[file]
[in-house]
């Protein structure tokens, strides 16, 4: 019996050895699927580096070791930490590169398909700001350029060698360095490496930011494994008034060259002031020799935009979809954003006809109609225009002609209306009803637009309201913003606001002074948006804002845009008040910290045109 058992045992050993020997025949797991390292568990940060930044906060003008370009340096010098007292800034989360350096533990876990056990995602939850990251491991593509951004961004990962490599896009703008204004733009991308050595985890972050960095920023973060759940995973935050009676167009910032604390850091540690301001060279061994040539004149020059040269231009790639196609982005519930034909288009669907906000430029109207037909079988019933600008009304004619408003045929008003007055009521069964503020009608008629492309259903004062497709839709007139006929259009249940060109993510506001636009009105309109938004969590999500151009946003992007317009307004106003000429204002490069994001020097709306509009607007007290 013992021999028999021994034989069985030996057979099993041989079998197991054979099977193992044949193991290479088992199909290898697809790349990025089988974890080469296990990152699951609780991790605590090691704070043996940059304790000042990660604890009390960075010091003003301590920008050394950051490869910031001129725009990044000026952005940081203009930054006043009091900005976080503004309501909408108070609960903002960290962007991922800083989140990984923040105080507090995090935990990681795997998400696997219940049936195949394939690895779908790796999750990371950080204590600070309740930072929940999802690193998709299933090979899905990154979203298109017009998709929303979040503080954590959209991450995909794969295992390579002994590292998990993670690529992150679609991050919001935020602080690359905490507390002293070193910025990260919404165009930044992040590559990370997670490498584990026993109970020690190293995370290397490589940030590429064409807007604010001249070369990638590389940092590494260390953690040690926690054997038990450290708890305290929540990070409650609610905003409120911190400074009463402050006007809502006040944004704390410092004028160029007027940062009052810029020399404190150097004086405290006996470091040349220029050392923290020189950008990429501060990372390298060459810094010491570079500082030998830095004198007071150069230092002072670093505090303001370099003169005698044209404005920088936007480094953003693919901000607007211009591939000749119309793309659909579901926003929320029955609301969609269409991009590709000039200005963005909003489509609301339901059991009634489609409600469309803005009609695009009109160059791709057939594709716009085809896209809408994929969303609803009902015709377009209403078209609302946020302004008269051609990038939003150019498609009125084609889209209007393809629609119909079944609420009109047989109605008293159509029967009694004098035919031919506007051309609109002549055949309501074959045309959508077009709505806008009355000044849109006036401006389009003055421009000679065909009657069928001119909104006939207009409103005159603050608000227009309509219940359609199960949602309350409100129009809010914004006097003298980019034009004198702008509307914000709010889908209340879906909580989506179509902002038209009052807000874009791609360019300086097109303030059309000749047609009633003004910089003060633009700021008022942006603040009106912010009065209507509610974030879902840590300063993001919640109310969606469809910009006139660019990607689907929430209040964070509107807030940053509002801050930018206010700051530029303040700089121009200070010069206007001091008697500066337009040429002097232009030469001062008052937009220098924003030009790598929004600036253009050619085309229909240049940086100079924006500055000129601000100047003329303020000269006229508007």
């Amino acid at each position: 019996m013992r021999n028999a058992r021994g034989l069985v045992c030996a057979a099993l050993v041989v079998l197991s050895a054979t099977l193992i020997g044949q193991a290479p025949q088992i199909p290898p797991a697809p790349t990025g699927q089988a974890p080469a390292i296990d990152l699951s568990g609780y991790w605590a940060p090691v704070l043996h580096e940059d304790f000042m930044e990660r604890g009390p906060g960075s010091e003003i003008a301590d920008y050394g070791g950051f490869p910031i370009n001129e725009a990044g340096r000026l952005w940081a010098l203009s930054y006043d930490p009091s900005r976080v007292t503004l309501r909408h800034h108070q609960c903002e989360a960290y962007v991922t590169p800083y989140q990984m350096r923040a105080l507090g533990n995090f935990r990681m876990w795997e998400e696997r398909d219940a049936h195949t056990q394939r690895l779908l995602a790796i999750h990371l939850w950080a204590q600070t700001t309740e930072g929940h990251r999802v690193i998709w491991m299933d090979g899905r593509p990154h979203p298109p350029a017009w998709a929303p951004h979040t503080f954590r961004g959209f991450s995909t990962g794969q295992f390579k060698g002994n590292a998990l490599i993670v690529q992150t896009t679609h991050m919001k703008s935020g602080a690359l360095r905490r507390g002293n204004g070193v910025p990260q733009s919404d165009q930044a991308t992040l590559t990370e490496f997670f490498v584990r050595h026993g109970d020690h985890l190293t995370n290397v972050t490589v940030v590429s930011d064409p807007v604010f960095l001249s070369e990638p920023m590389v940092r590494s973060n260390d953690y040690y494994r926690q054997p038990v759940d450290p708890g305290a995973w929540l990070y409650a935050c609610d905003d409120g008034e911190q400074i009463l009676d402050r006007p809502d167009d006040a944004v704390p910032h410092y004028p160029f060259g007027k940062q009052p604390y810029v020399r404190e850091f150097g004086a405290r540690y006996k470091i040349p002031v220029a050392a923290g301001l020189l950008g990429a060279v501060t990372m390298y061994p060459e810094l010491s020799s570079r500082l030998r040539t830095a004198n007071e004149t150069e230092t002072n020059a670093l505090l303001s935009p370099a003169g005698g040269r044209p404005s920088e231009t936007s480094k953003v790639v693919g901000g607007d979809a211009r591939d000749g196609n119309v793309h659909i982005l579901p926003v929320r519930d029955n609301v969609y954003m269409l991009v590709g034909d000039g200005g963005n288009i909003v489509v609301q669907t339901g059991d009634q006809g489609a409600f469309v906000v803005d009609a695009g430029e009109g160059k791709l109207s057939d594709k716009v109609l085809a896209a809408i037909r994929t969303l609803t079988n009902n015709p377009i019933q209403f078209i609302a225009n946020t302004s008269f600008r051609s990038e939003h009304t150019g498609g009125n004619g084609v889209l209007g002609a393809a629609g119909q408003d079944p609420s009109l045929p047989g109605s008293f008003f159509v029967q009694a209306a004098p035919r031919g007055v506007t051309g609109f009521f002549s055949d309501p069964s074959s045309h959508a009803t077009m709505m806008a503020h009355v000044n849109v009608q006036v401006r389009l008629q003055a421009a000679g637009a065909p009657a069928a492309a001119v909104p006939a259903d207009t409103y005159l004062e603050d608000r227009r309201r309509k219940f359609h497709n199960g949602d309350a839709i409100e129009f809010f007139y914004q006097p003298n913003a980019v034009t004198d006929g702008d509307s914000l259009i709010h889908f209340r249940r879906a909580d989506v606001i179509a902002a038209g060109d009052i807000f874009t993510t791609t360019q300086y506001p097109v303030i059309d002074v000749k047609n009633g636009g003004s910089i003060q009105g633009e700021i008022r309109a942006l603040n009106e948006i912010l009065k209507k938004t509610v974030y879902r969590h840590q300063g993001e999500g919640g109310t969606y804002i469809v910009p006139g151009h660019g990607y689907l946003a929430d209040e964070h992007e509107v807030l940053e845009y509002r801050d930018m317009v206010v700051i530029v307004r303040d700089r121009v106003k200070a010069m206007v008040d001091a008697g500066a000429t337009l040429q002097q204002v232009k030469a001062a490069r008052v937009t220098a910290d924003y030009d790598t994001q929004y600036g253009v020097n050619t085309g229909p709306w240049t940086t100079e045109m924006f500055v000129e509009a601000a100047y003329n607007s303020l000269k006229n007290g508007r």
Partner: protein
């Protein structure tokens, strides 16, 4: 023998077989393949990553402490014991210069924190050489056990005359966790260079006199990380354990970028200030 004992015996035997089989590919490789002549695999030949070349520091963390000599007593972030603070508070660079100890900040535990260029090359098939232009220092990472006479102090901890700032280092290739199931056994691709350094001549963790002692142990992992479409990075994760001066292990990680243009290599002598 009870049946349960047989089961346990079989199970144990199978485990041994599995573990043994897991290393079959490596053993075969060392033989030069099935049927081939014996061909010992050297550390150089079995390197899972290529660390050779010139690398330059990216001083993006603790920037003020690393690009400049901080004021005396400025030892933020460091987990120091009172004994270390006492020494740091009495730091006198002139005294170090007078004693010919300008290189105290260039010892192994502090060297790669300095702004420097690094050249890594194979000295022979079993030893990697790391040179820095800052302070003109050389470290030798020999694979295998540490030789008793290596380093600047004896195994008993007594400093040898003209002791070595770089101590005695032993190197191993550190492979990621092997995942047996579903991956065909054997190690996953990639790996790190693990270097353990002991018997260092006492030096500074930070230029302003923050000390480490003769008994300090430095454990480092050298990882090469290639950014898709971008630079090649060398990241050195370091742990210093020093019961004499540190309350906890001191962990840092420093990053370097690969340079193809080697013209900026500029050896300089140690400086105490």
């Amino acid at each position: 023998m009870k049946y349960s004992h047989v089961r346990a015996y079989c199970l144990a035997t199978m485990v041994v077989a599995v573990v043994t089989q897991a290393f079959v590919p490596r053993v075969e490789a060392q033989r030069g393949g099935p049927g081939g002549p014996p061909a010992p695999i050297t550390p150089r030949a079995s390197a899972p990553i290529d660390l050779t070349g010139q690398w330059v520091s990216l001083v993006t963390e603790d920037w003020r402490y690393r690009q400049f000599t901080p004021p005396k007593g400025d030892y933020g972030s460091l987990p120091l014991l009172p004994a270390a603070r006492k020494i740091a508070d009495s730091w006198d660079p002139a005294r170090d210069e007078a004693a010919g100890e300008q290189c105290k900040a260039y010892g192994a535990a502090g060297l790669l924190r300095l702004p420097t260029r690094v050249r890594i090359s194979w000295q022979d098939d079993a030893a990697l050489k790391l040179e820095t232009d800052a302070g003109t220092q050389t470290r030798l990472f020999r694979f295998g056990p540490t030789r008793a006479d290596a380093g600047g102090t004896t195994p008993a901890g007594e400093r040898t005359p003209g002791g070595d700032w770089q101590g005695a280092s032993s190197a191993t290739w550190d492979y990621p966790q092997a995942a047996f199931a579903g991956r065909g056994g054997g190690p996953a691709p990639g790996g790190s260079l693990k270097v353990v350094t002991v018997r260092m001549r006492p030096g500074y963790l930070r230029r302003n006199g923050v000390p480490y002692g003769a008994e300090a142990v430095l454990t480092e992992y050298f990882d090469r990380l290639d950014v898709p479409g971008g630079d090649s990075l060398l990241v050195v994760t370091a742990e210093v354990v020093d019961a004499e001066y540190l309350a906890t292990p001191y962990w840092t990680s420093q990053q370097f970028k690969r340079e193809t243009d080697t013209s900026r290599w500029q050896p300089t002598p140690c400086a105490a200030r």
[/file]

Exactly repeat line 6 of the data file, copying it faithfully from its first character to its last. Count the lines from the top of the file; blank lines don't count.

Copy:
């Amino acid at each position: 023998m009870k049946y349960s004992h047989v089961r346990a015996y079989c199970l144990a035997t199978m485990v041994v077989a599995v573990v043994t089989q897991a290393f079959v590919p490596r053993v075969e490789a060392q033989r030069g393949g099935p049927g081939g002549p014996p061909a010992p695999i050297t550390p150089r030949a079995s390197a899972p990553i290529d660390l050779t070349g010139q690398w330059v520091s990216l001083v993006t963390e603790d920037w003020r402490y690393r690009q400049f000599t901080p004021p005396k007593g400025d030892y933020g972030s460091l987990p120091l014991l009172p004994a270390a603070r006492k020494i740091a508070d009495s730091w006198d660079p002139a005294r170090d210069e007078a004693a010919g100890e300008q290189c105290k900040a260039y010892g192994a535990a502090g060297l790669l924190r300095l702004p420097t260029r690094v050249r890594i090359s194979w000295q022979d098939d079993a030893a990697l050489k790391l040179e820095t232009d800052a302070g003109t220092q050389t470290r030798l990472f020999r694979f295998g056990p540490t030789r008793a006479d290596a380093g600047g102090t004896t195994p008993a901890g007594e400093r040898t005359p003209g002791g070595d700032w770089q101590g005695a280092s032993s190197a191993t290739w550190d492979y990621p966790q092997a995942a047996f199931a579903g991956r065909g056994g054997g190690p996953a691709p990639g790996g790190s260079l693990k270097v353990v350094t002991v018997r260092m001549r006492p030096g500074y963790l930070r230029r302003n006199g923050v000390p480490y002692g003769a008994e300090a142990v430095l454990t480092e992992y050298f990882d090469r990380l290639d950014v898709p479409g971008g630079d090649s990075l060398l990241v050195v994760t370091a742990e210093v354990v020093d019961a004499e001066y540190l309350a906890t292990p001191y962990w840092t990680s420093q990053q370097f970028k690969r340079e193809t243009d080697t013209s900026r290599w500029q050896p300089t002598p140690c400086a105490a200030r």